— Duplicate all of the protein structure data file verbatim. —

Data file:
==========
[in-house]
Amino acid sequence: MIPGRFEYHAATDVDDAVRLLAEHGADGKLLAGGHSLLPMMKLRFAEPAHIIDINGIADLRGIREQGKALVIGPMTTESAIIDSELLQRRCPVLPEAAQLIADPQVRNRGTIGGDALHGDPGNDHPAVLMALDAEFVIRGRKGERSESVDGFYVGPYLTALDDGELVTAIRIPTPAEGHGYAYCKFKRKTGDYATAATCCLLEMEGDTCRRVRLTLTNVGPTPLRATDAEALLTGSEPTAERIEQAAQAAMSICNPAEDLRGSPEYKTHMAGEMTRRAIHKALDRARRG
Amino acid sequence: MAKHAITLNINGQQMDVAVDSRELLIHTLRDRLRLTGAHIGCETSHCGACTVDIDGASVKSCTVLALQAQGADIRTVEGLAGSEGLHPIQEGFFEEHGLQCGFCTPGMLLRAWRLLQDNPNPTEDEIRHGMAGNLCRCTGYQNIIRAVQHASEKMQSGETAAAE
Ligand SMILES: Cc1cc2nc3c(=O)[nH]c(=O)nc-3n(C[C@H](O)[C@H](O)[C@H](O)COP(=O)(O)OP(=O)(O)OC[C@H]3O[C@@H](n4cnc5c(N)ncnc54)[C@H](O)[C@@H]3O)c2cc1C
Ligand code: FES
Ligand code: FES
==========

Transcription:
[in-house]
Amino acid sequence: MIPGRFEYHAATDVDDAVRLLAEHGADGKLLAGGHSLLPMMKLRFAEPAHIIDINGIADLRGIREQGKALVIGPMTTESAIIDSELLQRRCPVLPEAAQLIADPQVRNRGTIGGDALHGDPGNDHPAVLMALDAEFVIRGRKGERSESVDGFYVGPYLTALDDGELVTAIRIPTPAEGHGYAYCKFKRKTGDYATAATCCLLEMEGDTCRRVRLTLTNVGPTPLRATDAEALLTGSEPTAERIEQAAQAAMSICNPAEDLRGSPEYKTHMAGEMTRRAIHKALDRARRG
Amino acid sequence: MAKHAITLNINGQQMDVAVDSRELLIHTLRDRLRLTGAHIGCETSHCGACTVDIDGASVKSCTVLALQAQGADIRTVEGLAGSEGLHPIQEGFFEEHGLQCGFCTPGMLLRAWRLLQDNPNPTEDEIRHGMAGNLCRCTGYQNIIRAVQHASEKMQSGETAAAE
Ligand SMILES: Cc1cc2nc3c(=O)[nH]c(=O)nc-3n(C[C@H](O)[C@H](O)[C@H](O)COP(=O)(O)OP(=O)(O)OC[C@H]3O[C@@H](n4cnc5c(N)ncnc54)[C@H](O)[C@@H]3O)c2cc1C
Ligand code: FES
Ligand code: FES